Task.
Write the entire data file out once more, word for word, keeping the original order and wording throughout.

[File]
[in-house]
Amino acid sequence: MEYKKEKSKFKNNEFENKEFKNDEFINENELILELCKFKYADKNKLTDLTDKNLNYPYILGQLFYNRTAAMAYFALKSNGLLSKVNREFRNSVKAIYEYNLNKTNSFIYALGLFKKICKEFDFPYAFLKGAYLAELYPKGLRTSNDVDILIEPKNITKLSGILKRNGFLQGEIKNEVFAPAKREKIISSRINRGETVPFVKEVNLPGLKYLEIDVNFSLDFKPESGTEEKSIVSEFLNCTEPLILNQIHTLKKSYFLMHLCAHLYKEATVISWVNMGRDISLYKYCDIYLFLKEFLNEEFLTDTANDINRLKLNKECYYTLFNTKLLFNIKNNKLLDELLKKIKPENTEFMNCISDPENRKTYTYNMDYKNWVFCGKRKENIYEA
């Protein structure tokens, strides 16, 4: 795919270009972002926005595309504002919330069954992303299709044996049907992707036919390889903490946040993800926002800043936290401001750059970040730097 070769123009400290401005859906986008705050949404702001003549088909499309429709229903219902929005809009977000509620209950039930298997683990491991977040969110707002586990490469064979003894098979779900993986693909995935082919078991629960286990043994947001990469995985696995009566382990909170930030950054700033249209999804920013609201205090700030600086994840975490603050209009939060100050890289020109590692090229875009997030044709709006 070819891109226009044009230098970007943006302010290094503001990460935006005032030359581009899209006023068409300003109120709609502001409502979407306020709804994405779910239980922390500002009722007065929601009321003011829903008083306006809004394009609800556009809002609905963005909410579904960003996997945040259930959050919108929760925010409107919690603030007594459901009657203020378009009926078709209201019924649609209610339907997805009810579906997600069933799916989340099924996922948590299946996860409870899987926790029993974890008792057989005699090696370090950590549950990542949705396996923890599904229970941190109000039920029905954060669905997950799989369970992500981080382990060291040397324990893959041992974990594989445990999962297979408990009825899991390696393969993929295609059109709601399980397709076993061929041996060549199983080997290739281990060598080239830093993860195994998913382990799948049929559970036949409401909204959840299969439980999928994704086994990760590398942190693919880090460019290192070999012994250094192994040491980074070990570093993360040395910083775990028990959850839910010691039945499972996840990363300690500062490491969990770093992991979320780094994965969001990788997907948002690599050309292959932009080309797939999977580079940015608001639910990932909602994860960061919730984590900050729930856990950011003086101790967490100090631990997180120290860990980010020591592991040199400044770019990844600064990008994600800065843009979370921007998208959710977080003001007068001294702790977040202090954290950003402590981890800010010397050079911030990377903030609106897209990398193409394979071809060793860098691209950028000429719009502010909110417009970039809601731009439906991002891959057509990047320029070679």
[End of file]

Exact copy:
[in-house]
Amino acid sequence: MEYKKEKSKFKNNEFENKEFKNDEFINENELILELCKFKYADKNKLTDLTDKNLNYPYILGQLFYNRTAAMAYFALKSNGLLSKVNREFRNSVKAIYEYNLNKTNSFIYALGLFKKICKEFDFPYAFLKGAYLAELYPKGLRTSNDVDILIEPKNITKLSGILKRNGFLQGEIKNEVFAPAKREKIISSRINRGETVPFVKEVNLPGLKYLEIDVNFSLDFKPESGTEEKSIVSEFLNCTEPLILNQIHTLKKSYFLMHLCAHLYKEATVISWVNMGRDISLYKYCDIYLFLKEFLNEEFLTDTANDINRLKLNKECYYTLFNTKLLFNIKNNKLLDELLKKIKPENTEFMNCISDPENRKTYTYNMDYKNWVFCGKRKENIYEA
């Protein structure tokens, strides 16, 4: 795919270009972002926005595309504002919330069954992303299709044996049907992707036919390889903490946040993800926002800043936290401001750059970040730097 070769123009400290401005859906986008705050949404702001003549088909499309429709229903219902929005809009977000509620209950039930298997683990491991977040969110707002586990490469064979003894098979779900993986693909995935082919078991629960286990043994947001990469995985696995009566382990909170930030950054700033249209999804920013609201205090700030600086994840975490603050209009939060100050890289020109590692090229875009997030044709709006 070819891109226009044009230098970007943006302010290094503001990460935006005032030359581009899209006023068409300003109120709609502001409502979407306020709804994405779910239980922390500002009722007065929601009321003011829903008083306006809004394009609800556009809002609905963005909410579904960003996997945040259930959050919108929760925010409107919690603030007594459901009657203020378009009926078709209201019924649609209610339907997805009810579906997600069933799916989340099924996922948590299946996860409870899987926790029993974890008792057989005699090696370090950590549950990542949705396996923890599904229970941190109000039920029905954060669905997950799989369970992500981080382990060291040397324990893959041992974990594989445990999962297979408990009825899991390696393969993929295609059109709601399980397709076993061929041996060549199983080997290739281990060598080239830093993860195994998913382990799948049929559970036949409401909204959840299969439980999928994704086994990760590398942190693919880090460019290192070999012994250094192994040491980074070990570093993360040395910083775990028990959850839910010691039945499972996840990363300690500062490491969990770093992991979320780094994965969001990788997907948002690599050309292959932009080309797939999977580079940015608001639910990932909602994860960061919730984590900050729930856990950011003086101790967490100090631990997180120290860990980010020591592991040199400044770019990844600064990008994600800065843009979370921007998208959710977080003001007068001294702790977040202090954290950003402590981890800010010397050079911030990377903030609106897209990398193409394979071809060793860098691209950028000429719009502010909110417009970039809601731009439906991002891959057509990047320029070679």